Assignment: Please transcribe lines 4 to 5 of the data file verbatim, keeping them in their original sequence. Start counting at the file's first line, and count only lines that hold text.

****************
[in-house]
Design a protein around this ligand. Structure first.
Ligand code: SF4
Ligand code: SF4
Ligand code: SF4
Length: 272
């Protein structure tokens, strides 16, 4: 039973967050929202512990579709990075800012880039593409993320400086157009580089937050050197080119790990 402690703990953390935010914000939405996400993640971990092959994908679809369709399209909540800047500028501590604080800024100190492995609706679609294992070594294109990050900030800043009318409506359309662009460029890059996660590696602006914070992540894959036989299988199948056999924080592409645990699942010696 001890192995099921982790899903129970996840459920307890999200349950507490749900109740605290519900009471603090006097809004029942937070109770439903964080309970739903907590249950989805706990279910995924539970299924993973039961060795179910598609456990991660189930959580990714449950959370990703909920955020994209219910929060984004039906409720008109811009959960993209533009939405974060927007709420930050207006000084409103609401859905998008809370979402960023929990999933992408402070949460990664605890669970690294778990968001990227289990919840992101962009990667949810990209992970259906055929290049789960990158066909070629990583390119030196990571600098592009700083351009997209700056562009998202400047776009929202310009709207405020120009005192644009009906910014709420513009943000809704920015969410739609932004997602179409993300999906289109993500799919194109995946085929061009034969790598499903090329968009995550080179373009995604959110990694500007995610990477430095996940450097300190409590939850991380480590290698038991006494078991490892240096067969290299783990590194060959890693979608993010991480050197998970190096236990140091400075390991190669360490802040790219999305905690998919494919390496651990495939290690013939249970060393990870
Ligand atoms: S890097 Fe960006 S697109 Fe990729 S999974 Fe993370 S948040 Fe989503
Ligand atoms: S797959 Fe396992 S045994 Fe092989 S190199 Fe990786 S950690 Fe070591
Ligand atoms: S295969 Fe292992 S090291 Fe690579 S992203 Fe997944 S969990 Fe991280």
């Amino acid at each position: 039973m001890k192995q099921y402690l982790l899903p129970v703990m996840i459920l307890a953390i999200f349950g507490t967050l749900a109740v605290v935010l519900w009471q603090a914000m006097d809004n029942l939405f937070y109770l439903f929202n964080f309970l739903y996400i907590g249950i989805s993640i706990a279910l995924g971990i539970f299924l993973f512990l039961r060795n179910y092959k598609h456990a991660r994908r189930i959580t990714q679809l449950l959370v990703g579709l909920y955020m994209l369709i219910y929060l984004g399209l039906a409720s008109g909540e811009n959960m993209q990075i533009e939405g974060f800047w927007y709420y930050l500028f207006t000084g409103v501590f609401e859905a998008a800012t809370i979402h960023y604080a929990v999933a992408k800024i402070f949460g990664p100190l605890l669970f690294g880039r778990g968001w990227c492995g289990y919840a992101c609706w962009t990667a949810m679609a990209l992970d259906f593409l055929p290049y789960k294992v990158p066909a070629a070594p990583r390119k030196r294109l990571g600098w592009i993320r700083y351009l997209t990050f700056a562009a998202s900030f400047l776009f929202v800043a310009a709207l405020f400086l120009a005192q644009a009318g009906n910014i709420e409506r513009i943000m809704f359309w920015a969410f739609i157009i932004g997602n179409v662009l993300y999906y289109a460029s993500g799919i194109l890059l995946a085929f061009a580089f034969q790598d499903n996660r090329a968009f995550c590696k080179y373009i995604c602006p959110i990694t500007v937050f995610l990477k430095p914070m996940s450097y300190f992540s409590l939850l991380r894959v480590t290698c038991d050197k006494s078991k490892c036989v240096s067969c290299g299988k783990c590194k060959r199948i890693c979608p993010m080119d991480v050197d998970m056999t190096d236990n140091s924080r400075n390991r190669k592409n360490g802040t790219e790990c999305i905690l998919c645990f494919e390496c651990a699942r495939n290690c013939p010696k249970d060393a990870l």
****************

Ligand code: SF4
Ligand code: SF4